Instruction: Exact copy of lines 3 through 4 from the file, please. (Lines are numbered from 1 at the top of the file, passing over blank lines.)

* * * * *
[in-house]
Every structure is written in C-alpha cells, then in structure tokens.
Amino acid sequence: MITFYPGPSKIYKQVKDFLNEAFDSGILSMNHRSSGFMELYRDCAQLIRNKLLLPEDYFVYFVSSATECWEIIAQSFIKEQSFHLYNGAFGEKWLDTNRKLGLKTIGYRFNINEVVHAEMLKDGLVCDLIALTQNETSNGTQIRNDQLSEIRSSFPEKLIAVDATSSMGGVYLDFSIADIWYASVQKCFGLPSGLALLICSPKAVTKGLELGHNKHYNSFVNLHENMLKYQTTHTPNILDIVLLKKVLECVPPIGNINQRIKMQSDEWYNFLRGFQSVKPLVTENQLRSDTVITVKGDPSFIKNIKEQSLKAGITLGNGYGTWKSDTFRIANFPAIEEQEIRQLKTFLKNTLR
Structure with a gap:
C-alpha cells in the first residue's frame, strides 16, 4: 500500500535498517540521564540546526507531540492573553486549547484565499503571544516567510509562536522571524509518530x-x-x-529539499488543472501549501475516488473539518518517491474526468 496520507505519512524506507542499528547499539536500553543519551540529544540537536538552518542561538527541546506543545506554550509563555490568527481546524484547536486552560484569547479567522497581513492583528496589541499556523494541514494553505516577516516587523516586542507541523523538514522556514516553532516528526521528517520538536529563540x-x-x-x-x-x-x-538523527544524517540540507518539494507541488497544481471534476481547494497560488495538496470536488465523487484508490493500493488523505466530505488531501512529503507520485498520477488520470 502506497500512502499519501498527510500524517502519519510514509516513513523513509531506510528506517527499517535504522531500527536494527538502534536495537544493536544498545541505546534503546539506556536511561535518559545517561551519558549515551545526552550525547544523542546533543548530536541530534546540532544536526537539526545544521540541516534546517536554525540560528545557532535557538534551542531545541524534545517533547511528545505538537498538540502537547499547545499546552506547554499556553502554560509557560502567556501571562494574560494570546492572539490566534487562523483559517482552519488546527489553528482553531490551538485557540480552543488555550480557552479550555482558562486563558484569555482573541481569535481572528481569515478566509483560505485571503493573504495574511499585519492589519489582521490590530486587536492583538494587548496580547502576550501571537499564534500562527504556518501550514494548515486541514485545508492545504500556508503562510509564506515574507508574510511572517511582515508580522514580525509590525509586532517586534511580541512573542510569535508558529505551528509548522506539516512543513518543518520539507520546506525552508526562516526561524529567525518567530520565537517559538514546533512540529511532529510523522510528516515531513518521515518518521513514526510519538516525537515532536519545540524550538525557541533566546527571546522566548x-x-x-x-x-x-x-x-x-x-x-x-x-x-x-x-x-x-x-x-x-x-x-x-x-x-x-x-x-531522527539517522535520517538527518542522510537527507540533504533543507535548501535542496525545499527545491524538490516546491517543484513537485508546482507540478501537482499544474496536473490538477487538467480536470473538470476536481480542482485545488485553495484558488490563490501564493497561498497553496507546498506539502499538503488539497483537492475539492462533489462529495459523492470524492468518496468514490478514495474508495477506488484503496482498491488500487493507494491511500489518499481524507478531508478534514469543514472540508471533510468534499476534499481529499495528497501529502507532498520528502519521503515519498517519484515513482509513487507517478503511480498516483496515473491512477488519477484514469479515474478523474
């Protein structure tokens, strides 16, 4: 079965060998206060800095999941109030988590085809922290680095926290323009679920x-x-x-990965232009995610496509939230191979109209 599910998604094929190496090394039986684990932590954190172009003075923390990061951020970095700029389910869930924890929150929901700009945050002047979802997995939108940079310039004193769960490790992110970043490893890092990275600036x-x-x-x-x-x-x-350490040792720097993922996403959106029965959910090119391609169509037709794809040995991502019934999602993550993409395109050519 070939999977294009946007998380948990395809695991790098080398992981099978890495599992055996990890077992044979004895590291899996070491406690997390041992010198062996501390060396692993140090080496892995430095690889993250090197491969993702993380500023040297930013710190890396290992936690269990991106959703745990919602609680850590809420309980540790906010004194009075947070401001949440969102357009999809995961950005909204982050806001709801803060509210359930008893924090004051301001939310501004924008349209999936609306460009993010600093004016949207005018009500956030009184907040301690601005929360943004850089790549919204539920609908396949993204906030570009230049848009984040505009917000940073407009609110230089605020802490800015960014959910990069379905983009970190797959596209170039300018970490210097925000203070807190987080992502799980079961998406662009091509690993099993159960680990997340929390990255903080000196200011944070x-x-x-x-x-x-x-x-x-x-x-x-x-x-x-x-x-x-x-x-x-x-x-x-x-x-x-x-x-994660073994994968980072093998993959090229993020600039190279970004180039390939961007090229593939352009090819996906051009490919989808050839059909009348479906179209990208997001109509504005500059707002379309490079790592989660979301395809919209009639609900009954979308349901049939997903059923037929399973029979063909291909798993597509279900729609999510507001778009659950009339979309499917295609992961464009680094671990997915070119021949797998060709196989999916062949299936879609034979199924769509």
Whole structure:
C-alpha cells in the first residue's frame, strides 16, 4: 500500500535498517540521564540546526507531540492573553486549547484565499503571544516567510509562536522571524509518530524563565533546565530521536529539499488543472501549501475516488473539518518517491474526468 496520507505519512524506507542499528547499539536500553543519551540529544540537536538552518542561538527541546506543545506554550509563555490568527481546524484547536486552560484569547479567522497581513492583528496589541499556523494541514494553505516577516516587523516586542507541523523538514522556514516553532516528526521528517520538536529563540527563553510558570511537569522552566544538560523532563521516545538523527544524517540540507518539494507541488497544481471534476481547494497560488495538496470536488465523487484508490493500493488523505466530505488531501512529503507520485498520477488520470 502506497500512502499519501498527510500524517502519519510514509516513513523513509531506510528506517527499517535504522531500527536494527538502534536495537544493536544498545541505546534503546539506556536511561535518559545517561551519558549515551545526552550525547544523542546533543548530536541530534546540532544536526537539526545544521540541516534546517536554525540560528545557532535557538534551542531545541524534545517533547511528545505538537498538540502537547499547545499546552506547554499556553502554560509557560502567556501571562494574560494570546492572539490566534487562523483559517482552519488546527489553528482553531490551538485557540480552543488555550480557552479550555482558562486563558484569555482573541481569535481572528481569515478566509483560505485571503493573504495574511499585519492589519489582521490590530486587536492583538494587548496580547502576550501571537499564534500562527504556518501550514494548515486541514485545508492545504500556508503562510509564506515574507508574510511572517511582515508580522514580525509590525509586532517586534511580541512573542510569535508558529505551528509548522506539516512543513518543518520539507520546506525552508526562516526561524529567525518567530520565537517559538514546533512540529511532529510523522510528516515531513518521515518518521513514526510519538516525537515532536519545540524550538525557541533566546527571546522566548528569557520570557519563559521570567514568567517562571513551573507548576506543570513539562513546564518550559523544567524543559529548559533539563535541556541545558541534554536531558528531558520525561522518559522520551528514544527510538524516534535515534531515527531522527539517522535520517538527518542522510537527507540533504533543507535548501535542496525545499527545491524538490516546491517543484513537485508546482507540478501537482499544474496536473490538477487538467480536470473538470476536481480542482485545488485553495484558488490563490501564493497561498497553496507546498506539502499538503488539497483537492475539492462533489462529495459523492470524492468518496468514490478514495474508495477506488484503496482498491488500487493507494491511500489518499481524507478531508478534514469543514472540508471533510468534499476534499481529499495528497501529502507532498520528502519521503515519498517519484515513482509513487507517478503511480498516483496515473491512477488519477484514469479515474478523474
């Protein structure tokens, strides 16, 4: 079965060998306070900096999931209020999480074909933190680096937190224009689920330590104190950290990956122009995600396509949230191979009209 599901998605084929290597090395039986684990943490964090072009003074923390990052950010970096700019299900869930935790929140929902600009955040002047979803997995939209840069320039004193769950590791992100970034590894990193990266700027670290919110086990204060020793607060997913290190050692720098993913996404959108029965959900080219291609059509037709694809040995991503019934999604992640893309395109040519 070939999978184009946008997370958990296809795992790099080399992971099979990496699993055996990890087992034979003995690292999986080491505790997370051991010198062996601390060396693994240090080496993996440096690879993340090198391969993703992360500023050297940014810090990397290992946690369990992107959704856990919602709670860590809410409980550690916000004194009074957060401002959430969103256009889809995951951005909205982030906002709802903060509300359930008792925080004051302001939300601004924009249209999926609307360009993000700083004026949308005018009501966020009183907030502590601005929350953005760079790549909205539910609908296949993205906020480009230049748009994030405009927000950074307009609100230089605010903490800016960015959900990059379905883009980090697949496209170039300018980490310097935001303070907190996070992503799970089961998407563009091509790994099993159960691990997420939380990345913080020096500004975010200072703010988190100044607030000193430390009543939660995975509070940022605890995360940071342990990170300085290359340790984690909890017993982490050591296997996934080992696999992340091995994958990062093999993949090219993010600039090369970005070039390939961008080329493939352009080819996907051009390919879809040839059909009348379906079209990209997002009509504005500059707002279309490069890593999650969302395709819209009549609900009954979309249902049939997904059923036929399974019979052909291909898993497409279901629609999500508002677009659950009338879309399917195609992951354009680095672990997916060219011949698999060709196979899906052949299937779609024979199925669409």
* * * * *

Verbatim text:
Amino acid sequence: MITFYPGPSKIYKQVKDFLNEAFDSGILSMNHRSSGFMELYRDCAQLIRNKLLLPEDYFVYFVSSATECWEIIAQSFIKEQSFHLYNGAFGEKWLDTNRKLGLKTIGYRFNINEVVHAEMLKDGLVCDLIALTQNETSNGTQIRNDQLSEIRSSFPEKLIAVDATSSMGGVYLDFSIADIWYASVQKCFGLPSGLALLICSPKAVTKGLELGHNKHYNSFVNLHENMLKYQTTHTPNILDIVLLKKVLECVPPIGNINQRIKMQSDEWYNFLRGFQSVKPLVTENQLRSDTVITVKGDPSFIKNIKEQSLKAGITLGNGYGTWKSDTFRIANFPAIEEQEIRQLKTFLKNTLR
Structure with a gap: